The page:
Certain stealthy spacetime curiosities might be less hidden than thought, potentially exposing themselves to observers in some curved universes.
These oddities, known as singularities, are points in space where the standard laws of physics break down. Found at the centers of black holes, singularities are generally expected to be hidden from view, shielding the universe from their...
News in Brief
Carving nanostructures with a laser creates long-lasting colors.
Researchers developed the new printing technique as an alternative to ink-based printing, in which colors fade with time. Aside from eternally vibrant art, the technique could lead to new types of color displays or improve security labels, the scientists report in the May 5 Science Advances.
Anders Kristensen of...
News in Brief
A potential sign of dark matter is looking less convincing in the wake of a new analysis.
High-energy blips of radiation known as gamma rays seem to be streaming from the center of the Milky Way in excess. Some scientists have proposed that dark matter could be the cause of that overabundance. Particles of dark matter — an invisible and unidentified substance that makes up the bulk of...
Nuclear physicist Evangeline Downie hadn’t planned to study one of the thorniest puzzles of the proton.
But when opportunity knocked, Downie couldn’t say no. “It’s the proton,” she exclaims. The mysteries that still swirl around this jewel of the subatomic realm were too tantalizing to resist. The plentiful particles make up much of the visible matter in the universe. “We’re made of them...
Albert Einstein was a master of physics, but his talent in personal relationships was decidedly underdeveloped. A new 10-episode series, Genius, airing on the National Geographic Channel, focuses on the facets of Einstein’s life where he was anything but a virtuoso.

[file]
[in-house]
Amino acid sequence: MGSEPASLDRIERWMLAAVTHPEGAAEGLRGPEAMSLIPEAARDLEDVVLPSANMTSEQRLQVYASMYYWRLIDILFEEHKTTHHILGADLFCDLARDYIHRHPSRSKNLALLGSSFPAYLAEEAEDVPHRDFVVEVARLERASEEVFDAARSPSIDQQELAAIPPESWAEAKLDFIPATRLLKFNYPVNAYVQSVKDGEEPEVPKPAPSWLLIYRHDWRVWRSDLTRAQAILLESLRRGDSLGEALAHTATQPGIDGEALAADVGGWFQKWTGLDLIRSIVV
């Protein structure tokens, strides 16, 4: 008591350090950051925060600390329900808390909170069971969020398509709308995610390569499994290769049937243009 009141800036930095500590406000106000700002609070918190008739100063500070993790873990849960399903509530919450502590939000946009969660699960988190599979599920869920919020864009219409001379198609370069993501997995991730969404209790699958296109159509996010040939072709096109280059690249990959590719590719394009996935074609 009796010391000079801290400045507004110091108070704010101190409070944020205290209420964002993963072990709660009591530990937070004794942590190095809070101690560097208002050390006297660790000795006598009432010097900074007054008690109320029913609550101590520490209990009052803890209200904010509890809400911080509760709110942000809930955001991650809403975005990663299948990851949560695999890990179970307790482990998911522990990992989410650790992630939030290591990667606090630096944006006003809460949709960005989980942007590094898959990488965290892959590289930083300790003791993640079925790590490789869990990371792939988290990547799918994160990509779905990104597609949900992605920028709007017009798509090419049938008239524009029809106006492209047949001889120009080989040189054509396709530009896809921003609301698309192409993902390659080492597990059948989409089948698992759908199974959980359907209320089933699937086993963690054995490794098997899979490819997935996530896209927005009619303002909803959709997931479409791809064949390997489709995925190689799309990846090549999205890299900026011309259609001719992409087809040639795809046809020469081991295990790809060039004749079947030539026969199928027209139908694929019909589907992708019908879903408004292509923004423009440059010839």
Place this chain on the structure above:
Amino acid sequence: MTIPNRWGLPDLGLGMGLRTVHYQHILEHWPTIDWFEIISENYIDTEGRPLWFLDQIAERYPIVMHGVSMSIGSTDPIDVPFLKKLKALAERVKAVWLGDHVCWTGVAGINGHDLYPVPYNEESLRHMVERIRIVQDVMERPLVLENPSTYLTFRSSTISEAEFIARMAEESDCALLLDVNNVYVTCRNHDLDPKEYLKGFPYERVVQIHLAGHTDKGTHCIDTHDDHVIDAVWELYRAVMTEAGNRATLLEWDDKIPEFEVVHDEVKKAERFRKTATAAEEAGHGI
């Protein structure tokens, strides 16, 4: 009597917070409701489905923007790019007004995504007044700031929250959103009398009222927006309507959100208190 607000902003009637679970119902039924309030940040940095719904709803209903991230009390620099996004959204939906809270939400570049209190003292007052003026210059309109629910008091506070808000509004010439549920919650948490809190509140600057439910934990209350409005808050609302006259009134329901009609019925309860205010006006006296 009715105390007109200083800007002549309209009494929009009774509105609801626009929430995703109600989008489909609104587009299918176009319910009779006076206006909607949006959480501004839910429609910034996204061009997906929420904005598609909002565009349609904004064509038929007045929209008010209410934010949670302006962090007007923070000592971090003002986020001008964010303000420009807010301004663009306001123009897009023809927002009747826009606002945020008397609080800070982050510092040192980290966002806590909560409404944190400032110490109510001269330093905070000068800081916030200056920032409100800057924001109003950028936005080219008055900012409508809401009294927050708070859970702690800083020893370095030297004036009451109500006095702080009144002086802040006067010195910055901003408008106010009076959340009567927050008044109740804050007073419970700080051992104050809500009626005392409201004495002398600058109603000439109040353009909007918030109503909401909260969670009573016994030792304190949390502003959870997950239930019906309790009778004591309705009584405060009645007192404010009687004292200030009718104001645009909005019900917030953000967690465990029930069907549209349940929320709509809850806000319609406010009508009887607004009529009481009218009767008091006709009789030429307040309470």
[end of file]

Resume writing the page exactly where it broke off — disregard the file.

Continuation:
Genius is a dramatization, not a documentary. The series reveals the human side of the famously brainy...
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Blame physics — not kindergarten-level clumsiness — for perpetually untied shoelaces. The combined forces from legs swinging and feet pounding the pavement create a perfect lace-loosening storm, scientists report April 12 in Proceedings of the Royal Society A.
Mechanical engineer Oliver O'Reilly of the University of California, Berkeley was familiar with the...
Letters to the Editor
New normal04/05/2017 - 10:39 Mental Health, Animals, Physics
People who stay mentally healthy throughout life are exceptions to the rule, a small study suggests. Only 17 percent of study participants experienced no bouts of anxiety, depression or other mental ailments from late childhood to middle age, Bruce Bower reported in “Lasting mental health may be unusual” (SN: 3/4/17, p. 7).
Reader Lou Floyd found the article disturbing and the...
The Milky Way’s black hole may finally get its close-up.
Beginning on April 5, scientists with the Event Horizon Telescope will attempt to zoom in on a never-before-imaged realm: a black hole’s event horizon. That’s the boundary at which gravity’s pull becomes so strong that nothing can escape.
In the telescope’s cross hairs are two supermassive black holes, one at the center of...
News in Brief
NEW ORLEANS — The tiniest electronic gadgets have nothing on a new data-storage device. Each bit is encoded using the magnetic field of a single atom — making for extremely compact data storage, although researchers have stored only two bits of data so far.
“If you can make your bit smaller, you can store more information,” physicist Fabian Natterer of the École Polytechnique Fédérale...
Reviews & Previews
Where the River FlowsSean W. FlemingPrinceton Univ.$26.95
Spend an hour wandering along a river and you may wonder why the water rushing by chose this particular path over any other. While many nature writers might offer philosophical musings on the subject, Where the River Flows author Sean Fleming has physics on his side.
Physics isn’t the lens through which most people think...